Tuesday, February 18, 2020

Sign Stealing Scandal - Prepare for Retaliation, Umps

In November, we analyzed the Houston Astros sign stealing scandal and an umpire's role in such thievery (hint: it's nearly nonexistent). With MLB Commissioner Rob Manfred's penalties doled out, umps should prepare for retaliation in 2020, given the league-wide response from various players to the entire episode.

To review, sign stealing is a legal enterprise that, absent Little League modifications or NCAA's rule regarding video communication equipment, does not fall under an umpire's jurisdiction. For MLB specifically, even if the scheme abuses technology (and trash cans), umpires do not have basis in the Official Baseball Rules to intercede.

In this case, a professional umpire's only potential response is to notify the league office after the fact in a post-game report. That's it.
Related PostAbuse of Technology - Umpire's Role in Sign Stealing (11/18/19).

And with that out of the way, we turn our attention to widespread reaction from non-Astro players largely denouncing Houston's actions as 'cheating' and otherwise nefarious, for even though sign stealing isn't prohibited in OBR, the on-field aftermath/revenge is left to the umpires to manage.

With Braves player Nick Markakis just the latest to advocate for some measure of retribution ("every single guy over there needs a beating"), umpires must acknowledge the very real probability of retaliation during regular season games (teams generally don't go for revenge during Spring Training, but Grapefruit League crews should still keep the possibility in mind).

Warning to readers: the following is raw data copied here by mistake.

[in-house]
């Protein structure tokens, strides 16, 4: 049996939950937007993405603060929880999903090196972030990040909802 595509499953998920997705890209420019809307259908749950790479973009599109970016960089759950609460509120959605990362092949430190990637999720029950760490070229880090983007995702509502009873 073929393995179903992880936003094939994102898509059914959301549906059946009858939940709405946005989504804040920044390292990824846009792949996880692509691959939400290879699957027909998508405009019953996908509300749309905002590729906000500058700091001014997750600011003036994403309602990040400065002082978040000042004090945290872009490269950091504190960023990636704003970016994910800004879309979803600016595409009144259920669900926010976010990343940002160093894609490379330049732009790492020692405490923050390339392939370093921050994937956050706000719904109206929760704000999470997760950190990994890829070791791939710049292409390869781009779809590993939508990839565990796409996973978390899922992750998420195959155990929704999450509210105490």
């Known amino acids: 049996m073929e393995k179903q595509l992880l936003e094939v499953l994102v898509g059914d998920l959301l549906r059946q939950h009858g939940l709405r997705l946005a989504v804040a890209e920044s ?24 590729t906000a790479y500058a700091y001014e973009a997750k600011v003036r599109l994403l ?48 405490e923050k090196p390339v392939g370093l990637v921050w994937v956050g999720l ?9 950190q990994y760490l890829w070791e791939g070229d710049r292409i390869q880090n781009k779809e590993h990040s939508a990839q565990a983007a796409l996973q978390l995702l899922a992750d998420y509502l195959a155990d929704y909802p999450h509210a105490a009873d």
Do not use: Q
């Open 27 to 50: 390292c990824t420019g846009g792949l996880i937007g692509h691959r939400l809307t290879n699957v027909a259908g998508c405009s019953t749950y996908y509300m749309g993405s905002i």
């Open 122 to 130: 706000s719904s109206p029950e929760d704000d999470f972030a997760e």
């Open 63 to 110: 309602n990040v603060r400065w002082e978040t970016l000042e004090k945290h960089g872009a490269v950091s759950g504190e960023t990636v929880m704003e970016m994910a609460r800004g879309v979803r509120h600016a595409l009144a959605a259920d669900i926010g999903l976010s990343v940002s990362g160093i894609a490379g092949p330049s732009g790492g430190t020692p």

Vegas has a betting line for 2020 Houston HBP.
For MLB umpires, it would be improper to judge whether implicated players escaping Commissioner Manfred's punishment is a just outcome or not; instead, umpires must remain cognizant of opponents' reactions and messaging.

Despite the Commissioner's statement that retaliation, most likely in the form of intentional hit-by-pitch acts, will not be tolerated and could result in enhanced discipline, umpires have no say in before- or after-the-fact matters: the only concern is what happens on the field, and at this stage, it is growing increasingly likely that on-the-field retaliation will occur, and potentially on multiple occasions.

And when it does—whether a pitcher intentionally throwing at a batter, a runner spiking a fielder, fighting, or otherwise—umpires must be ready to respond evenhandedly and readily, for in this case, as Ron Kulpa once infamously declared in Houston, an umpire must be prepared to "do anything" necessary to restore order after an unsportsmanlike incident, which in this case may include, warnings, ejections, or other actions.

Video as follows:

Alternate Link: Sign Stealing Scandal - Prepare for Retaliation (CCS)


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